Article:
For Immediate Release
Nov. 9, 2017
Carol Ehrle | firstname.lastname@example.org
Media Team | email@example.com
Washington D.C. — The American progressive movement is reeling from the back-to-back revelations that the 2016 Democratic primary was thoroughly rigged and that the party purged Sanders supporters from the DNC. The past few weeks have made clear a conclusion that progressives have long fought to avoid: there is no path to power inside the Democratic Party.
As the Democratic Party shuts the door on progressives, Gallup shows that more Americans are calling for a major new party than ever before. A large majority of Americans now want an alternative to the Democrats and Republicans. In just five years, support for a new party has jumped from 46 to 61 percent. There are already far more independents than Democrats. But now even most Democrats are saying that their party does “such a poor job that a major third party is needed.”
It is in this turbulent political context that Draft Bernie for a People’s Party is launching its next phase: Movement for a People’s Party (MPP).
Launched in February by Sanders campaign staffers, delegates and volunteers, Draft Bernie quickly grew into a major national organization at the helm of the rapidly growing movement for a new political party. Tens of thousands of working people broke with the Democratic Party and joined Draft Bernie’s call on Sen. Sanders to create a genuinely progressive party. Draft Bernie’s articles and interviews have spanned dozens of mainstream and independent publications reaching millions of people.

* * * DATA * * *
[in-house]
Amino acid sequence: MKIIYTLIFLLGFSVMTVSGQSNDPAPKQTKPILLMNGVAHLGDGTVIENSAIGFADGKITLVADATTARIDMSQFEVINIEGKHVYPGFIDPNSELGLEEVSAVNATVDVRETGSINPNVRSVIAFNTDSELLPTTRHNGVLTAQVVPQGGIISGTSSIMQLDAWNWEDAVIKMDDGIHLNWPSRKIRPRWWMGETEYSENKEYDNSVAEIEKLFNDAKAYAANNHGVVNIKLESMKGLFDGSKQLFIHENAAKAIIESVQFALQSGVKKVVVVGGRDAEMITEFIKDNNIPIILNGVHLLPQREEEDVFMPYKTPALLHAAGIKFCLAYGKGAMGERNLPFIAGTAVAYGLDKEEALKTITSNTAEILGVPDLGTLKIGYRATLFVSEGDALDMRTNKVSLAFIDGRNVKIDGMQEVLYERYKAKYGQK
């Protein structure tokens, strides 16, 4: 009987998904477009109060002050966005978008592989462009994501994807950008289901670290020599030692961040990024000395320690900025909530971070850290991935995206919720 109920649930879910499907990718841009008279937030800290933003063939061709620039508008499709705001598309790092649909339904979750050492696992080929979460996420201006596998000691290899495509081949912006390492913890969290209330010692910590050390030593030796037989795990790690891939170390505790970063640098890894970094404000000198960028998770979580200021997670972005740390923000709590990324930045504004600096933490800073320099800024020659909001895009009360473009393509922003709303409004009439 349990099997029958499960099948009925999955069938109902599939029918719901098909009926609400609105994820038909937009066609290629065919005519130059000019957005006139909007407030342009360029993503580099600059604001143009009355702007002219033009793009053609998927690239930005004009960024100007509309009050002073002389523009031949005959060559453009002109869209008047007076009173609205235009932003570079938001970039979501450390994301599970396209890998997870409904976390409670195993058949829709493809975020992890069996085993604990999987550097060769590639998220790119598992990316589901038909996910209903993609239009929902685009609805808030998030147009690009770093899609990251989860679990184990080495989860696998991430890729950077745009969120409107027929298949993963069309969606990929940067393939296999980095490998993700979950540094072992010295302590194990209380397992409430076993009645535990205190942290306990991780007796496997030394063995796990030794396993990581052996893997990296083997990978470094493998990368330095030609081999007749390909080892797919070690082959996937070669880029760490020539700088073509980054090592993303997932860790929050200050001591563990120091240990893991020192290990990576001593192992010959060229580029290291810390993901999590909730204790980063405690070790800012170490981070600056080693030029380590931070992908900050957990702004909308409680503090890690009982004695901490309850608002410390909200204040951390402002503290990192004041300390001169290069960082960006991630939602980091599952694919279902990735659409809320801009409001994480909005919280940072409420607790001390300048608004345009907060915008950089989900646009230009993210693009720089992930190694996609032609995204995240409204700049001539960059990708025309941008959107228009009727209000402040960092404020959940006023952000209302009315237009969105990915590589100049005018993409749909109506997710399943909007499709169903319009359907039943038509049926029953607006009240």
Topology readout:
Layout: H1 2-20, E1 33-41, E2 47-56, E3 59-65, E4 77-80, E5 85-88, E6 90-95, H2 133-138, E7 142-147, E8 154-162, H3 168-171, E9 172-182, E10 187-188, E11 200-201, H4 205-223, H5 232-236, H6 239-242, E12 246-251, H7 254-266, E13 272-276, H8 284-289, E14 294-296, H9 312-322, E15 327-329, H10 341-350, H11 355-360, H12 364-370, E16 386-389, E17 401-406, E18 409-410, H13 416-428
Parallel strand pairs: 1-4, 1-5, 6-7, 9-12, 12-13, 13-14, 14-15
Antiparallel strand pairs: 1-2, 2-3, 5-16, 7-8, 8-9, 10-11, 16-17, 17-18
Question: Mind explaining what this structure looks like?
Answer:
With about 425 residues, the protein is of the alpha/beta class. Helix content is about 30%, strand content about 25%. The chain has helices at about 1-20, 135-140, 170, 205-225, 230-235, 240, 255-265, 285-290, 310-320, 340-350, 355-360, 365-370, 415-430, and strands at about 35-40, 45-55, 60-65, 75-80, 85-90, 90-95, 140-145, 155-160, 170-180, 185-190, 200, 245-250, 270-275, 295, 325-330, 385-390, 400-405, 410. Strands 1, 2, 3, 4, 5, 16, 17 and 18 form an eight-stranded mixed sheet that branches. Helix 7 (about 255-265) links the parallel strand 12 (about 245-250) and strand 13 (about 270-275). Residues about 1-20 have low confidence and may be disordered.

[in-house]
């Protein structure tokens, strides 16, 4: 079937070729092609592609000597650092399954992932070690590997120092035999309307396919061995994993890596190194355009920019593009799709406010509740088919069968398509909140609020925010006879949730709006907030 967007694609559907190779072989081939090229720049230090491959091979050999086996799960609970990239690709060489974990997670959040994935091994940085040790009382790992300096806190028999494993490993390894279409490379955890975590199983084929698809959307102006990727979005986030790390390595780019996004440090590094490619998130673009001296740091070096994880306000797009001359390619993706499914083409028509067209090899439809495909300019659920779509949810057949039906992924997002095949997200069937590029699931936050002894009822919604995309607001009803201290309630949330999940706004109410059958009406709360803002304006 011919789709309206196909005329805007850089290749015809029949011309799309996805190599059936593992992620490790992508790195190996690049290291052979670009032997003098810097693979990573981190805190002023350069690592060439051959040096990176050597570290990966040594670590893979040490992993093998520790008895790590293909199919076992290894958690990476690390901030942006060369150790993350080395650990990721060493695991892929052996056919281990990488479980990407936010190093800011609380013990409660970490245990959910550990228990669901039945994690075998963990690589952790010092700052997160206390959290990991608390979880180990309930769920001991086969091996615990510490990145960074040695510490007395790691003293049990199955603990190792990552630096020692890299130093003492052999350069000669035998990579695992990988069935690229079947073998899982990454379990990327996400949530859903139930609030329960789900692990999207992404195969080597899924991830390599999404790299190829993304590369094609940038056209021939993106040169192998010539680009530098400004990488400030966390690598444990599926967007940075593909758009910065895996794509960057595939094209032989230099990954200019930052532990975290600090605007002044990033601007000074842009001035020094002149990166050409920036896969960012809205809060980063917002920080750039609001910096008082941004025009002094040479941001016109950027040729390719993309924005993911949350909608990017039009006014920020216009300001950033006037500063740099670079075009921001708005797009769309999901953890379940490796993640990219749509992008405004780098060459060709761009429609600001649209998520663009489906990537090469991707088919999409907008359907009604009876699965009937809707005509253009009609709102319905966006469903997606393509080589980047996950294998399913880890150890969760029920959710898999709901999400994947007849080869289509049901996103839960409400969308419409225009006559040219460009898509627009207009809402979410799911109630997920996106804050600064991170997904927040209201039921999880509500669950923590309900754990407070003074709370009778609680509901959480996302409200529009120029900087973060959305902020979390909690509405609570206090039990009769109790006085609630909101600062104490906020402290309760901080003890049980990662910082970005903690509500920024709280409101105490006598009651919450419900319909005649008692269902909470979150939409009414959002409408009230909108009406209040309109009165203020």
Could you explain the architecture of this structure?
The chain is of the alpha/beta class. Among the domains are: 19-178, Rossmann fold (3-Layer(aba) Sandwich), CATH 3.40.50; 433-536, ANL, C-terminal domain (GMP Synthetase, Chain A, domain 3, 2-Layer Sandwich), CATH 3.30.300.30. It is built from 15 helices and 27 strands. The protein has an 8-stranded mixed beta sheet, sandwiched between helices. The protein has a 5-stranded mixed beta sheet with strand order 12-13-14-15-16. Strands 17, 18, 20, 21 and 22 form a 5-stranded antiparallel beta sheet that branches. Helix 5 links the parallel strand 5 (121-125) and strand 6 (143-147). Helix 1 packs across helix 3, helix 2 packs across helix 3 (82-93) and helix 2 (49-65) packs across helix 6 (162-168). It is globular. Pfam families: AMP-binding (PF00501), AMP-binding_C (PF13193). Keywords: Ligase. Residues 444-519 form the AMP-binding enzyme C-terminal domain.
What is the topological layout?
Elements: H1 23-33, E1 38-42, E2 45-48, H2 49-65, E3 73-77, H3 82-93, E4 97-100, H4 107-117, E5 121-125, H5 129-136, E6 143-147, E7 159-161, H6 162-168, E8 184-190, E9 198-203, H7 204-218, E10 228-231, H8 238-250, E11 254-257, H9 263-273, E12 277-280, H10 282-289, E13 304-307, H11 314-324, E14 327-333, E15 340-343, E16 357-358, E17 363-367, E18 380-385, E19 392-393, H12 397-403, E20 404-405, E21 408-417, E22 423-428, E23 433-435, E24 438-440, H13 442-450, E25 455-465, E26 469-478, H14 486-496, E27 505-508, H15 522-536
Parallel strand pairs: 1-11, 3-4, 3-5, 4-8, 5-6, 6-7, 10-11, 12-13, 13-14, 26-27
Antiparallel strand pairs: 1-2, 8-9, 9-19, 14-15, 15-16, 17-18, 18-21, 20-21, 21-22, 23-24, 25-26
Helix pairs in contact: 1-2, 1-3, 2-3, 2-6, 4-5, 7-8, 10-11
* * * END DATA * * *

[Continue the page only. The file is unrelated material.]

Thousands of passionate volunteers across every state have hit the streets and social media to speak to fellow progressives about starting a people’s party. Leading Sanders campaign surrogates including renowned public intellectual Dr. Cornel West and Oscar-nominated filmmaker Josh Fox have joined the movement. Many others, including National Nurses United head RoseAnn DeMoro and Our Revolution President Nina Turner, have also supported the call for a people’s party.
When Draft Bernie was founded, few progressives were talking about starting a new party. In just a few months, Draft Bernie has flipped the script and the idea of building a people’s party has gone viral. Sen. Sanders holds out hope that the Democratic Party can be reformed, but the American people have made their preference clear.
Draft Bernie built tremendous grassroots support for a people’s party and now MPP will assemble that support into a coalition of working people, unions, progressive organizations, and community groups that can collectively launch a nationally viable people’s party. Across the country, MPP members will build the coalition for a people’s party one conversation at a time. The momentum is on our side as each passing day makes it clearer that the Democratic Party has no interest in representing its overwhelmingly progressive base.
Tuesday’s Gubernatorial elections in New Jersey and Virginia reinforced the need for a new party as a former Goldman Sachs executive was elected in New Jersey and a fiscal-conservative who voted for George W. Bush twice won in Virginia. Both men were Democrats who represent the rightward shift in a party that is running billionaires in states like West Virginia, Illinois and Florida. The Democratic establishment will interpret the election results as a vindication of neoliberalism and a license to continue business as usual. Working families will suffer as the Democratic Party continues to chase Trump and the Republicans further to the right.